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Morning Briefing Strap Line
Fri 5th Jan 2018 - Friday Opinion
Subjects: Best Bar None chairman challenges 'unfair burdens on licensed trade', There’s A Beer For That’s new strategy is missing target, and a sense of balance and perspective
Authors: Dan Davies, Glynn Davis and Ann Elliott

Best Bar None chairman challenges 'unfair burdens on licensed trade' by Dan Davies

On 20 December 2017, the members of the House of Lords select committee on the post-legislative review of the Licensing Act 2003 debated the government’s response to its recommendations. Many of the topics covered were on matters the government has already agreed, including the rejection of promotion of health as a licensing objective and the introduction of more training for councillors and police, and the “wait and see” approach to minimum unit pricing and licensing laws in airports, for example.

There were some striking contributions, however. Perhaps unsurprisingly, Lord Smith of Hindhead CBE, chairman of Best Bar None, made some of the hardest-hitting criticisms of what he described as “unfair” burdens on the licensed trade. He pulled no punches when he observed: “The Licensing Act 2003 was created before Google, Facebook or online shopping, and is increasingly looking like a cheque book in an online world, with too much emphasis and regulatory liability on the on-trade compared with the off-trade.”
 
Lord Smith challenged the government’s dogged commitment to late night levies and early morning alcohol restriction orders (EMROs), describing the measures as unfair and unpopular. He was supported by fellow peers, Baronesses Eaton and Henig, who agreed the burdens outweighed the benefits. This is clearly a topic that will not go away, when, as he pointed out, only nine of the 350 local authorities have introduced a late night levy since 2011, and none have touched an EMRO.
 
If the government was not ready to make concessions on late night levies and EMROs, there was a surprise concession in response to Lord Smith’s next concern, which was on the fee multiplier. In response to his issues as to why this additional form of taxation was imposed on the on-trade but not, for example, supermarkets, the minister stated: “My noble friend Lord Smith of Hindhead talked about the multiplier. The fee multiplier is applied to premises that predominantly or solely sell alcohol in high volumes. These are often referred to as vertical drinking bars and make up a very small percentage of premises subject to a licensing fee. The high fee reflects the high volumes of alcohol sold in the night-time economy.”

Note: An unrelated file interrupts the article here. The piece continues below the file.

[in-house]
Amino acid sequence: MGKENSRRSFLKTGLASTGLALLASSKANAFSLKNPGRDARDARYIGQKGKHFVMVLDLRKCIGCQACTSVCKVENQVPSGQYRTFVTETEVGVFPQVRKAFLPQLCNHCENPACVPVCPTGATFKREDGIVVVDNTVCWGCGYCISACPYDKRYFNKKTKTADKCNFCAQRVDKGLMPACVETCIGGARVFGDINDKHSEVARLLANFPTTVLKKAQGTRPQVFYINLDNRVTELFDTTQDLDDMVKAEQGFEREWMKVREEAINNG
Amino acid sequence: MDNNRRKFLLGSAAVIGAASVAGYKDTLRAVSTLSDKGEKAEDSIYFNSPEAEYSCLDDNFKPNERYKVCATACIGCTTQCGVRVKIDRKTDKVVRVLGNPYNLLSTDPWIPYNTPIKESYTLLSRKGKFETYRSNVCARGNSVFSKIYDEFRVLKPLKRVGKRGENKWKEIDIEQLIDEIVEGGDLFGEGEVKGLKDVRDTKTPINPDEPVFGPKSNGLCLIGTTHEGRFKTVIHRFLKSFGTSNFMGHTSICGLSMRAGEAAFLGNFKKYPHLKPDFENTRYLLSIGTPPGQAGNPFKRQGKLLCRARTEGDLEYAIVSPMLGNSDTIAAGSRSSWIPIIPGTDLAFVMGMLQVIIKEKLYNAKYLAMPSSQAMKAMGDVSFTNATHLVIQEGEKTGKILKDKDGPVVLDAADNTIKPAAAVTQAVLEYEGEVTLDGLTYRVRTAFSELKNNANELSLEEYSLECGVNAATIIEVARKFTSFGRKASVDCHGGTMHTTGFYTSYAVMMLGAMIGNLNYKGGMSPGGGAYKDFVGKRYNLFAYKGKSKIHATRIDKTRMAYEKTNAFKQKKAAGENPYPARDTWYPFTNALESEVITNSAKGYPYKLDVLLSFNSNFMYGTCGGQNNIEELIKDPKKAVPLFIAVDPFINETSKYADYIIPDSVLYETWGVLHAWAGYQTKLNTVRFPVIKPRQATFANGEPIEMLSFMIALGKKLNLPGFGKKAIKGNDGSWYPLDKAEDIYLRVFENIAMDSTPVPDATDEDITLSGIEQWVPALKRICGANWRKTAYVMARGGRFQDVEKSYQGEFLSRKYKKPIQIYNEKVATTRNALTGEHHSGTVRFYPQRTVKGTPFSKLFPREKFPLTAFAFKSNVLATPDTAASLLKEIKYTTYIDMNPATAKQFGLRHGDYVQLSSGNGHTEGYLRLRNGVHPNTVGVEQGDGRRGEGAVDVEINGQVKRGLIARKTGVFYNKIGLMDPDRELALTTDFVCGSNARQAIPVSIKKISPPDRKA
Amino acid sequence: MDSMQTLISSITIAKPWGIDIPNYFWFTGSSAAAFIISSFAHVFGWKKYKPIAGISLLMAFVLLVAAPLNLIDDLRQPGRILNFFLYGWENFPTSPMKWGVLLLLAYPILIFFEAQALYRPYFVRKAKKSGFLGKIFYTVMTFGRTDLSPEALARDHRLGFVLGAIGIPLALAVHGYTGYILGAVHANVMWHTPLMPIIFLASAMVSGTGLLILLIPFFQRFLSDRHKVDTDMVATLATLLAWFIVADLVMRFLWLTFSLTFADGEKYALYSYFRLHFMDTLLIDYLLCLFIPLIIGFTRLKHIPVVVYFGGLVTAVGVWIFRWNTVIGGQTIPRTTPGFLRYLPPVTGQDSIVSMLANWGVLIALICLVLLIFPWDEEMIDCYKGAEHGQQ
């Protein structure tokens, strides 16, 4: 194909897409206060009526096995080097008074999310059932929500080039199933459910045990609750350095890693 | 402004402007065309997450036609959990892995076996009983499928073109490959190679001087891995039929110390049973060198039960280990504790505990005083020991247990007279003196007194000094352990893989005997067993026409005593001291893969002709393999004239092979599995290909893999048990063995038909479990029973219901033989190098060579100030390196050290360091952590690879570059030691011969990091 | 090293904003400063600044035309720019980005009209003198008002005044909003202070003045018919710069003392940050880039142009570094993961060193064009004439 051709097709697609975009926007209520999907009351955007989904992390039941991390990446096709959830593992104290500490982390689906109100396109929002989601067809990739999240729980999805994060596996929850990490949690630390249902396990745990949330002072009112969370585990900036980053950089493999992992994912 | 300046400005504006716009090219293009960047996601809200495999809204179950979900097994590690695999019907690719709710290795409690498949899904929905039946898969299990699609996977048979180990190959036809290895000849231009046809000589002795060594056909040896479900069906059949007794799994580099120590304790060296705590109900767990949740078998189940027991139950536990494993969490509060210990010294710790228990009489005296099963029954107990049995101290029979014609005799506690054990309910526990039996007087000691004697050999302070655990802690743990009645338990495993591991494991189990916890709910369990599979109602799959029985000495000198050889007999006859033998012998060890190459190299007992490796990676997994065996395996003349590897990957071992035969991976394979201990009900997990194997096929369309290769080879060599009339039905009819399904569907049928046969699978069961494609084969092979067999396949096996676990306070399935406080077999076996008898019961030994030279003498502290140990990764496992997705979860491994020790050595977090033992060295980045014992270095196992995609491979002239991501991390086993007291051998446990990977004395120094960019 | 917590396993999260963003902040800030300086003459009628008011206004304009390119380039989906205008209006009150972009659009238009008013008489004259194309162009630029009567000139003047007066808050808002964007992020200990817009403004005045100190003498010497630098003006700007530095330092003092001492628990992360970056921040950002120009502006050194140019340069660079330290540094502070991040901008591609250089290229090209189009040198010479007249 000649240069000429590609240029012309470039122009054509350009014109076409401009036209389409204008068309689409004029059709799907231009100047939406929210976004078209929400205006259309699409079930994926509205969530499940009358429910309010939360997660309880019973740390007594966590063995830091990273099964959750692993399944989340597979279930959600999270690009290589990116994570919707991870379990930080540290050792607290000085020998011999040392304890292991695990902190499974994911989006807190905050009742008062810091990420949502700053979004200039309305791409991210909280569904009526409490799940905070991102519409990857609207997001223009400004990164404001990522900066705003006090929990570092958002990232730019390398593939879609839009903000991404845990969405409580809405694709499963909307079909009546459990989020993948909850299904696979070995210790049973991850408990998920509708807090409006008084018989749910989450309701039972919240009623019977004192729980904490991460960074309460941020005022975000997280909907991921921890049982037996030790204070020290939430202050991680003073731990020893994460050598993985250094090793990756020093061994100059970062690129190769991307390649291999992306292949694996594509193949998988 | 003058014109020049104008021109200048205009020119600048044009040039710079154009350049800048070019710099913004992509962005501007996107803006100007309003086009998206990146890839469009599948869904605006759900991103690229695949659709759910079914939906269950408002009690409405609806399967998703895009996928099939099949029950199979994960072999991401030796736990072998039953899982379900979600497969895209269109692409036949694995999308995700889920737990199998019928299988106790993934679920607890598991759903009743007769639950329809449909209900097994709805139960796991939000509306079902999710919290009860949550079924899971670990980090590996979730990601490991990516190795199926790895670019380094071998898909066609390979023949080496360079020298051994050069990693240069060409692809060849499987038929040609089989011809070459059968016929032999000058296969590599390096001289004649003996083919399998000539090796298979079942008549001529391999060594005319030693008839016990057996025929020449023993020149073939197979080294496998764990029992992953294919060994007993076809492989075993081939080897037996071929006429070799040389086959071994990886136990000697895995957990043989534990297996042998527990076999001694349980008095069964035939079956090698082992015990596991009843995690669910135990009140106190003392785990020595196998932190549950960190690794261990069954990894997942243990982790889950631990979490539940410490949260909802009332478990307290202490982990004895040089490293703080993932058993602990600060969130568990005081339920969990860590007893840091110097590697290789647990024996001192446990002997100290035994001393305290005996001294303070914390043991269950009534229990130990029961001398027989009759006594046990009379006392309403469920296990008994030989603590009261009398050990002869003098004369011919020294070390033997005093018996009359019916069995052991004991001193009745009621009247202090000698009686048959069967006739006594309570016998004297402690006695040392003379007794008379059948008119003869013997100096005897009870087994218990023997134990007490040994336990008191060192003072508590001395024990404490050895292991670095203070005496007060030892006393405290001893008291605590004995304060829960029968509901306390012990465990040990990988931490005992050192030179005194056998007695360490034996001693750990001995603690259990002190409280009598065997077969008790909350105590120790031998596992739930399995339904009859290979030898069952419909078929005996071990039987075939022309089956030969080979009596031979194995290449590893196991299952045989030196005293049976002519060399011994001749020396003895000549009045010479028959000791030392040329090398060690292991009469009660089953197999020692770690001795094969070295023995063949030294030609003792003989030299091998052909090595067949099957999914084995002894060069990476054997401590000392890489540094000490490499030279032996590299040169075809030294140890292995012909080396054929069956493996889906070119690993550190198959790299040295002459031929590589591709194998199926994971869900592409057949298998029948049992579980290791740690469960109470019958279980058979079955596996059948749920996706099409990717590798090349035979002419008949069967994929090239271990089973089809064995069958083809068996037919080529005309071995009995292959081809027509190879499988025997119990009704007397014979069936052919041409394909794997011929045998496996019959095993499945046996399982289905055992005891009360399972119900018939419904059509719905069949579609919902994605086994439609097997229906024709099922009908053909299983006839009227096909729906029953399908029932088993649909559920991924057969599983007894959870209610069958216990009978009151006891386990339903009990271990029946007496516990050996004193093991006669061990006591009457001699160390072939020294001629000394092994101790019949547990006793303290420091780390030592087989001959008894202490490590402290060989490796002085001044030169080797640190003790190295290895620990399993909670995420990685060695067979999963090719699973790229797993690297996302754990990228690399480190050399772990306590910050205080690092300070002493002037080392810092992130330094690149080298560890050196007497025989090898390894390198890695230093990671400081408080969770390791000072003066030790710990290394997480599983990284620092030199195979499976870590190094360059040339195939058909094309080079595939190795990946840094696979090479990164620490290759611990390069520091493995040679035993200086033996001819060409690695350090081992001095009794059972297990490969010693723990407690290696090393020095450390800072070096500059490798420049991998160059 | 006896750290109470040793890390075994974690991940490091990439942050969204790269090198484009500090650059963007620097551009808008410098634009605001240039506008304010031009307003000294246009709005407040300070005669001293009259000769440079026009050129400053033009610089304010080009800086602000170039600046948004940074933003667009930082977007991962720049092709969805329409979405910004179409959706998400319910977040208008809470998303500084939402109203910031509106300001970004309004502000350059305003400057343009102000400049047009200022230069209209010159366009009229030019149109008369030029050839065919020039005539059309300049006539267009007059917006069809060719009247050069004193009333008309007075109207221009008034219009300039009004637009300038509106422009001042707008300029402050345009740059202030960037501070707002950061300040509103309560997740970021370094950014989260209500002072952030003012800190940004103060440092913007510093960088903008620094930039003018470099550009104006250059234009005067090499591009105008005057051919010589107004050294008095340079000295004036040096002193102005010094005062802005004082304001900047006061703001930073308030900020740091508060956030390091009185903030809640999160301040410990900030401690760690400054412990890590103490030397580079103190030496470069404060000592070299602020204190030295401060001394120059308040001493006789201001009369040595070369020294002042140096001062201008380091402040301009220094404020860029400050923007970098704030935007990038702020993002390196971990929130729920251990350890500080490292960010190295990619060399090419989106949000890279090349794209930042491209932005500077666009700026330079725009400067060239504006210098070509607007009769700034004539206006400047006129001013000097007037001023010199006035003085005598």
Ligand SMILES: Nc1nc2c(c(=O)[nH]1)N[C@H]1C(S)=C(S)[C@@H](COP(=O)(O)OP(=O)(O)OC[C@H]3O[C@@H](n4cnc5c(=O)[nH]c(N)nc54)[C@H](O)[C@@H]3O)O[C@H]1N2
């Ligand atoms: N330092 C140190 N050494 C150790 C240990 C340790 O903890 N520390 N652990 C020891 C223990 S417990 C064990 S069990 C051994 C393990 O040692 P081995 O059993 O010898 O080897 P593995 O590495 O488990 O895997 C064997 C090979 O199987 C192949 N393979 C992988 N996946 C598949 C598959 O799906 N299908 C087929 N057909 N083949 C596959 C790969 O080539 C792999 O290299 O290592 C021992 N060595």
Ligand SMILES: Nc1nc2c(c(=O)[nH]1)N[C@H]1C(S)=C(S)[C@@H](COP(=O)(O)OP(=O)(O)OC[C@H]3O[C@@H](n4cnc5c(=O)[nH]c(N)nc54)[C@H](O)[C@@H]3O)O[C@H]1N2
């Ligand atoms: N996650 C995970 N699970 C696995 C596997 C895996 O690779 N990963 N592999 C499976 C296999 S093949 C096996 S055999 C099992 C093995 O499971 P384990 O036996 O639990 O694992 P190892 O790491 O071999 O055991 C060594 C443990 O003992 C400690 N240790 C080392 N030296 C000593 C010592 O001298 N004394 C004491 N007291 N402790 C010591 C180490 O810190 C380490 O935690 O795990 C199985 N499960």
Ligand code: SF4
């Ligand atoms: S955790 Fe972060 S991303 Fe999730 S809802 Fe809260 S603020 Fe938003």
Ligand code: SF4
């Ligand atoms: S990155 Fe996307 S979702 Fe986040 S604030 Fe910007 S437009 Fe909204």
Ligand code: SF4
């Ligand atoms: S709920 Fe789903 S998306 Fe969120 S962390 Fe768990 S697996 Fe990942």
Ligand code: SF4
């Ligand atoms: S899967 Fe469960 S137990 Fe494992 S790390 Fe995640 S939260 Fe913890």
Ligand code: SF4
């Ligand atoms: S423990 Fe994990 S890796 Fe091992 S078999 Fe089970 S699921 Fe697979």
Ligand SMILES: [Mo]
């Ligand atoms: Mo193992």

This is not an approach that many licensees will recognise from their own licensing authorities, which routinely use Valuation Office Agency categories, or turnover or profit figures, or even Facebook pages to attempt to calculate whether premises are “exclusively and primarily” concerned with alcohol. This was a welcome and important clarification from the debate.
 
Other topics may need to wait longer to see fruition, but still represent quite a radical development from the House of Lords report, notably on the reform of the appeals system. Lord Smith said the appeals system had “stuck out like a sore thumb from the evidence we heard –that the current appeals system is not working as it should in an industry that is so important to the UK economy”.
 
His approach was an advance on the Lords’ committee report – necessarily so since the government had rejected the prospect of transferring licensing committee functions to planning committees. That made the transfer of licensing appeals to the planning inspectorate otiose, but Lord Smith highlighted the elements of the planning appeal system the committee had found attractive in the first place: “In my view, the beneficial elements of our recommended changes to the current appeals system were having an expert decision-maker experienced in the field; flexibility and choice of procedure, not necessarily a full re-hearing but possibly an appeal on the papers where appropriate; a dedicated tribunal not competing with a criminal list of cases to get through; decisions as precedents; and time efficiency.”
 
The chair of the committee, Lady McIntosh, approved this development, saying the committee could not understand how a magistrate, who is no longer considered by the government to be the right person to consider a licensing application, should nevertheless be the right person to hear an appeal. She commended to the minister the committee’s idea that appeals should go to the appropriate court, as it does for gambling – appeals against the Gambling Commission now go to the First-tier Tribunal and thence on a point of law to the Upper Tribunal. And she also highlighted the evidence had indicated the scope and potential for mediation in the licensing appeal system and she welcomed the government’s acceptance of increased mediation.